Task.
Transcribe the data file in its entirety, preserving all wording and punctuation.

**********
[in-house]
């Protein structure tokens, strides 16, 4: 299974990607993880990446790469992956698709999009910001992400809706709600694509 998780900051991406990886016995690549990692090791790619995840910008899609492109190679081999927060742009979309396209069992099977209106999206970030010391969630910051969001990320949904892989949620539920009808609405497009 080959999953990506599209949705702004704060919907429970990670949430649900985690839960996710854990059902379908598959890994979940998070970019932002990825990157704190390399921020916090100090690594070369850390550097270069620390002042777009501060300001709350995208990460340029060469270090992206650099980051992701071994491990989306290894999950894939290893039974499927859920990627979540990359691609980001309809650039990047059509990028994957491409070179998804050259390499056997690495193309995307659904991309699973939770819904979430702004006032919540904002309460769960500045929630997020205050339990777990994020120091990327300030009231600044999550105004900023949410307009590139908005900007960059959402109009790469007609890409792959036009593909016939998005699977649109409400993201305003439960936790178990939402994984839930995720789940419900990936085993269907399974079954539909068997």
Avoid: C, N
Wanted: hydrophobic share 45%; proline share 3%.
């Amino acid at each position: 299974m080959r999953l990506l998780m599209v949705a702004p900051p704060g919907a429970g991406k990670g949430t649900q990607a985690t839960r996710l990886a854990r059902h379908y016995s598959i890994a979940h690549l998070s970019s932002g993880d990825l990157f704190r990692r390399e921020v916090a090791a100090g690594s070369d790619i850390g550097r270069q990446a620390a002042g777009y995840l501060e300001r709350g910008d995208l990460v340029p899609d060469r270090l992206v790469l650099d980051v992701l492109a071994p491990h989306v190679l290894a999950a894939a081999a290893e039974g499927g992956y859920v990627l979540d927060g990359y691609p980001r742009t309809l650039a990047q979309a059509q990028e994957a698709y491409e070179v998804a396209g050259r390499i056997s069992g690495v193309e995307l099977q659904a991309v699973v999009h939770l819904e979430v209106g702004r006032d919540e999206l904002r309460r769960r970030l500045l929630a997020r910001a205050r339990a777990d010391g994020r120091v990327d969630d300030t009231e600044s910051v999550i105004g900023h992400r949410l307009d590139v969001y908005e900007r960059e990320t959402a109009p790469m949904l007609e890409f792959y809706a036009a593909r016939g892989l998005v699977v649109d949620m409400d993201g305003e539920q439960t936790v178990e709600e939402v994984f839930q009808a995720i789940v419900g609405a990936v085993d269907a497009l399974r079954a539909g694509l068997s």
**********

[in-house]
């Protein structure tokens, strides 16, 4: 299974990607993880990446790469992956698709999009910001992400809706709600694509 998780900051991406990886016995690549990692090791790619995840910008899609492109190679081999927060742009979309396209069992099977209106999206970030010391969630910051969001990320949904892989949620539920009808609405497009 080959999953990506599209949705702004704060919907429970990670949430649900985690839960996710854990059902379908598959890994979940998070970019932002990825990157704190390399921020916090100090690594070369850390550097270069620390002042777009501060300001709350995208990460340029060469270090992206650099980051992701071994491990989306290894999950894939290893039974499927859920990627979540990359691609980001309809650039990047059509990028994957491409070179998804050259390499056997690495193309995307659904991309699973939770819904979430702004006032919540904002309460769960500045929630997020205050339990777990994020120091990327300030009231600044999550105004900023949410307009590139908005900007960059959402109009790469007609890409792959036009593909016939998005699977649109409400993201305003439960936790178990939402994984839930995720789940419900990936085993269907399974079954539909068997």
Avoid: C, N
Wanted: hydrophobic share 45%; proline share 3%.
């Amino acid at each position: 299974m080959r999953l990506l998780m599209v949705a702004p900051p704060g919907a429970g991406k990670g949430t649900q990607a985690t839960r996710l990886a854990r059902h379908y016995s598959i890994a979940h690549l998070s970019s932002g993880d990825l990157f704190r990692r390399e921020v916090a090791a100090g690594s070369d790619i850390g550097r270069q990446a620390a002042g777009y995840l501060e300001r709350g910008d995208l990460v340029p899609d060469r270090l992206v790469l650099d980051v992701l492109a071994p491990h989306v190679l290894a999950a894939a081999a290893e039974g499927g992956y859920v990627l979540d927060g990359y691609p980001r742009t309809l650039a990047q979309a059509q990028e994957a698709y491409e070179v998804a396209g050259r390499i056997s069992g690495v193309e995307l099977q659904a991309v699973v999009h939770l819904e979430v209106g702004r006032d919540e999206l904002r309460r769960r970030l500045l929630a997020r910001a205050r339990a777990d010391g994020r120091v990327d969630d300030t009231e600044s910051v999550i105004g900023h992400r949410l307009d590139v969001y908005e900007r960059e990320t959402a109009p790469m949904l007609e890409f792959y809706a036009a593909r016939g892989l998005v699977v649109d949620m409400d993201g305003e539920q439960t936790v178990e709600e939402v994984f839930q009808a995720i789940v419900g609405a990936v085993d269907a497009l399974r079954a539909g694509l068997s």